At age five, I was shy. My mom thought introducing me to the robot would be a good idea. A cute photo op.

But I had other ideas.

The robot was tall—a huge looming, lurching beast in my memory. In reality, it was a five-foot person dressed inside a plastic outfit doing a mall meet-and-greet outside of KB Toys.

All the other kids loved it. The robot guy probably figured it was an easy gig.

But then he met me.

Terrified, I screamed as though someone had hacked my arm off. The shriek pierced the eardrums of the passing holiday shoppers, causing them to halt and scan the scene for a deranged child abuser.

As I sprinted away from the robot in a panic, little did I realize how much I’d eventually grow to love robots. Later, when my mother explained there was a person inside, my older brother rolled on the floor laughing.

Was it really a human in the robot? Or was it a conspiracy? The beginning of an uprising of 1980s mall robots?

Maybe an army of mallbot warriors lies in wait underneath the rubble of America’s old malls. Future story idea?

Over the years, my fear of robots turned to fascination aided by a steady childhood viewing diet of The Jetsons, Buck Rogers, and Small Wonder.

As an ode to that lonely, well-meaning mall robot (dare I call him MALL-E?), here is a list of why robots are awesome and not scary.

 

1. The new Lost in Space robot.

You can’t help but adore the rebooted robot in LIS—the 2018 Netflix reboot. When young Will Robinson saved the alien robot’s life, he bonded with the young boy much to the surprise of the Robinson family.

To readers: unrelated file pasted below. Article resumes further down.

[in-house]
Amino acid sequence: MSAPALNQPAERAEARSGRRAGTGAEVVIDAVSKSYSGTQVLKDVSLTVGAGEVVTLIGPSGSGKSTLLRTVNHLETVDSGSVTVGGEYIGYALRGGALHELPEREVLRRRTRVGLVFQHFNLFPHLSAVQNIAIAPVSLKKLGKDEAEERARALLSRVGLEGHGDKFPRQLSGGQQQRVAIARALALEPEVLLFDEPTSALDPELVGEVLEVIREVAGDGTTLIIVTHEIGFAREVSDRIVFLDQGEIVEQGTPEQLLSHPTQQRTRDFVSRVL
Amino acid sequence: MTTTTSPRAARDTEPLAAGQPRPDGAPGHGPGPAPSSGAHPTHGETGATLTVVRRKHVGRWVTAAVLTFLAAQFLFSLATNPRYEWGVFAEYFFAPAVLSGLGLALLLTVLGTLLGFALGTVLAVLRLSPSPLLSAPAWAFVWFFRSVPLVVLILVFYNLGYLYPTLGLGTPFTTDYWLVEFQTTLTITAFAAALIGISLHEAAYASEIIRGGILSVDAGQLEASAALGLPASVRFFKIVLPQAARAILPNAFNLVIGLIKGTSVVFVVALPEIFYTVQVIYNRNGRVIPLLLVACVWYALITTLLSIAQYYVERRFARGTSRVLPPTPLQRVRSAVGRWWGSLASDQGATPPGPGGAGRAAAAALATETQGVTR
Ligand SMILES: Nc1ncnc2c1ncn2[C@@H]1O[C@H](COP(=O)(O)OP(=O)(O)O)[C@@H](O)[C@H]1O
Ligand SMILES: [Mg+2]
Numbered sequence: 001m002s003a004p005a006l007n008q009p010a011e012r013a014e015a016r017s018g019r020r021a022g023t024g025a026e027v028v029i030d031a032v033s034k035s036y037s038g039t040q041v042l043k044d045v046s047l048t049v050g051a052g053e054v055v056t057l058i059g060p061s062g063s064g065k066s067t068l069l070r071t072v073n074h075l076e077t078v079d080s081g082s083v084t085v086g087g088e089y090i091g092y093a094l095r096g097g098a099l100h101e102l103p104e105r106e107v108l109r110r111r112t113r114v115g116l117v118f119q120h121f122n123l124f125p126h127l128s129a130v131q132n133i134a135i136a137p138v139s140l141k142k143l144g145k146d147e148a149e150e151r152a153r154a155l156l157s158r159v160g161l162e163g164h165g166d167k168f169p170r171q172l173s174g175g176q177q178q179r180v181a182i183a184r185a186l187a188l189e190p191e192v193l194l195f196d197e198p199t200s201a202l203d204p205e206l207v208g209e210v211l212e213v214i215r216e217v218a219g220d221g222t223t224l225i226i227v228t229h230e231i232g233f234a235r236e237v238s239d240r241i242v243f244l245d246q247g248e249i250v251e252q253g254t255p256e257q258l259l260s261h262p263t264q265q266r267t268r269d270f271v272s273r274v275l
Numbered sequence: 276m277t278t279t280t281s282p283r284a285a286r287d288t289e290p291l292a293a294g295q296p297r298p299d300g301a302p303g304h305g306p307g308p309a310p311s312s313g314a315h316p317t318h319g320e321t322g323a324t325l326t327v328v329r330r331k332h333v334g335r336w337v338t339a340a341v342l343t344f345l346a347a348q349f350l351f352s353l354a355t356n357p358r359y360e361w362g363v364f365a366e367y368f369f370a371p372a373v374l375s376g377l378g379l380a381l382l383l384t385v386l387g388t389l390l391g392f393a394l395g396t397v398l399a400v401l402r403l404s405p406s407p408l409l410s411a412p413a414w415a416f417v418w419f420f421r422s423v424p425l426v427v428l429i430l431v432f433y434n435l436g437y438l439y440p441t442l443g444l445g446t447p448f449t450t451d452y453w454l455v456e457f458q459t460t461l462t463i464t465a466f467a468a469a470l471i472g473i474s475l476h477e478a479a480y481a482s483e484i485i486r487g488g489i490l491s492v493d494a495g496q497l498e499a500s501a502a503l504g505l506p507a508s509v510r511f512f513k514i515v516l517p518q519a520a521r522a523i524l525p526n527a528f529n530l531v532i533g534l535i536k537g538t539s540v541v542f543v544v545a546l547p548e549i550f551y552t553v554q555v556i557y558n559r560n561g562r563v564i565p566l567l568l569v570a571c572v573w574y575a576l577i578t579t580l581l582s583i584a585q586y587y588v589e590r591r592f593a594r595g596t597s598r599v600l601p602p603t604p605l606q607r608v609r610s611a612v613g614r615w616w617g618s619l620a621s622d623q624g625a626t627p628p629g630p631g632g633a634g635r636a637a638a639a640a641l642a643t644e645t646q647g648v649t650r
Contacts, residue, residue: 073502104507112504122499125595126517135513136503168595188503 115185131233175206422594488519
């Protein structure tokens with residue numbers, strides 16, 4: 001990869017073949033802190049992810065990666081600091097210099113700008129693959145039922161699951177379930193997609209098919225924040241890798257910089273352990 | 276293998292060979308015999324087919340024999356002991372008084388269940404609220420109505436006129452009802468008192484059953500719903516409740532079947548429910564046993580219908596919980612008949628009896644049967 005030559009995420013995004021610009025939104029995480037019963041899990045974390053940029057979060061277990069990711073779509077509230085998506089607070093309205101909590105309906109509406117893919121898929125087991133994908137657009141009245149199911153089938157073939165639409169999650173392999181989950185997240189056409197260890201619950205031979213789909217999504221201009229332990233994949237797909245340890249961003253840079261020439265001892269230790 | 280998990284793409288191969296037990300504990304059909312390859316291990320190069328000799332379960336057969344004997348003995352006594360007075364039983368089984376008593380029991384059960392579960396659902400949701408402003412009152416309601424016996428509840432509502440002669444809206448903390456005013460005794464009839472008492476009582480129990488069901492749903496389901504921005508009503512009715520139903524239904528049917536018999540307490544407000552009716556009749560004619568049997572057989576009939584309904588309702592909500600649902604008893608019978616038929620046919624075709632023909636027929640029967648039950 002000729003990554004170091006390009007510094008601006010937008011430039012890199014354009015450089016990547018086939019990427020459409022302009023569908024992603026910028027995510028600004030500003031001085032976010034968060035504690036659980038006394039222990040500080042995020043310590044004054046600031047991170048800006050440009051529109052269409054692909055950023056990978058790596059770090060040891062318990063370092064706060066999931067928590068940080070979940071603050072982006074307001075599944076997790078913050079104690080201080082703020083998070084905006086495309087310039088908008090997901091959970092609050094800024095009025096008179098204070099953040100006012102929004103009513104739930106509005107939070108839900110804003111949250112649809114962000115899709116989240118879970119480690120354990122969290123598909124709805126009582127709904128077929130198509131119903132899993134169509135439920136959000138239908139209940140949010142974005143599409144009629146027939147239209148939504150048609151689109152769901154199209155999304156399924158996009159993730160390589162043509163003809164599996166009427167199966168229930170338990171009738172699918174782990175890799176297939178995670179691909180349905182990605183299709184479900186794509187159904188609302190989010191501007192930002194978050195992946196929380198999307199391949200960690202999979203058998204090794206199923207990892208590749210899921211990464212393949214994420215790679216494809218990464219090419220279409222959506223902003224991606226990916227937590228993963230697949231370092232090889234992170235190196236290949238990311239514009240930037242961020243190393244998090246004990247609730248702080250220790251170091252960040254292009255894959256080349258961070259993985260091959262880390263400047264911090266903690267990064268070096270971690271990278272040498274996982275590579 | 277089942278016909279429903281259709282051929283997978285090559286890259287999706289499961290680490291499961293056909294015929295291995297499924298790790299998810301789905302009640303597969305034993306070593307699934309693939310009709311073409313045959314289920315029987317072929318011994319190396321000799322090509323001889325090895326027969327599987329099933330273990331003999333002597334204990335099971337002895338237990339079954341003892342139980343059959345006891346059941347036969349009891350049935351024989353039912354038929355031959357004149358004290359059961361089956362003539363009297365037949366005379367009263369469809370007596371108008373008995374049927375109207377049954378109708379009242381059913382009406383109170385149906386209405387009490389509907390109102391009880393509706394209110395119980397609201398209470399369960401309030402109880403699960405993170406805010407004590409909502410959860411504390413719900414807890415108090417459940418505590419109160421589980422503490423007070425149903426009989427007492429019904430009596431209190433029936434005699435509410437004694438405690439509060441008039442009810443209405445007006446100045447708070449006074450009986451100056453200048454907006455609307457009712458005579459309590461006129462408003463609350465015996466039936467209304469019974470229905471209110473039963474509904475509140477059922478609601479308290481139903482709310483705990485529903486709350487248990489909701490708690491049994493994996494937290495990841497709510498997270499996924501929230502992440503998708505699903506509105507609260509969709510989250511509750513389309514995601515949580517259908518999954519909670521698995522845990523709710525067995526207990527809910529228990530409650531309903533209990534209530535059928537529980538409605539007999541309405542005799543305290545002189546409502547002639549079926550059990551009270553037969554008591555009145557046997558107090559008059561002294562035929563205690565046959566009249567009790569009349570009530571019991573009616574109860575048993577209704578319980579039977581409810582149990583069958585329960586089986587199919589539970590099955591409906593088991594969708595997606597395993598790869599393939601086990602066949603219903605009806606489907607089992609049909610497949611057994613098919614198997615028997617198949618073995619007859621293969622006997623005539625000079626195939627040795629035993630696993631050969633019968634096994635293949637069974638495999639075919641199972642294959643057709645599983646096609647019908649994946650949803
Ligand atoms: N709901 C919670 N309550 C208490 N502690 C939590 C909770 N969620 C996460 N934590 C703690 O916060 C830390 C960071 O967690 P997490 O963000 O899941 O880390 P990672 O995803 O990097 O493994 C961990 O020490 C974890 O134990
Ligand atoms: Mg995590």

Most of the characters would be dead already were it not for the strength and intelligence of the robot. While he may be socially awkward, the touching scene in the cave where the robot dipped his hand in paint signaling he wanted to be part of the family was endearing and unforgettable.

Let’s hope there’s much more of the robot in future seasons. Also, the robot is kind of hot. 

2. Robots make cool armor.

Somewhere in Japan right now,  companies are solving the problems of the future by designing gigantic metal robot suits. Check out this amazing (and alarming) video. 

KURATA, the world’s first robotic mech suit

Is this really happening? Are these the military uniforms of the future?

3. Robots make us consider our own humanity.

In his iconic book, Do Androids Dream of Electric Sheep?, Philip K. Dick introduced the world to replicants—androids made of organic matter who were identical to humans. Only an array of bizarre, mundane questions administered through a test held the clue to their true identities.

robots are awesome
Source: Blade Runner | by abductit

Enter Rick Deckard, a cop fed up with his numbing day-to-day existence who hunted for a group of rogue, escaped replicants. We eventually learned the replicants yearned to survive and experienced deep emotions like love and attachment.

The book, and subsequent Bladerunner movies caused us to question what it means to be human, to have a soul, and why one species is “better” than another.

4. When all else fails, send in the robot.

The unsung hero of Aliens was the resident android, Bishop. Ripley hated him at first because an older model went berserk on her prior ship and murdered a bunch of the crew. No wonder she was suspicious.

But when the hungry aliens literally crawled through the walls and the last survivors were stranded far from the only capable ship, who else but Bishop would be fit for the task of wiggling through a long tunnel, programming the ship, and rescuing the humans?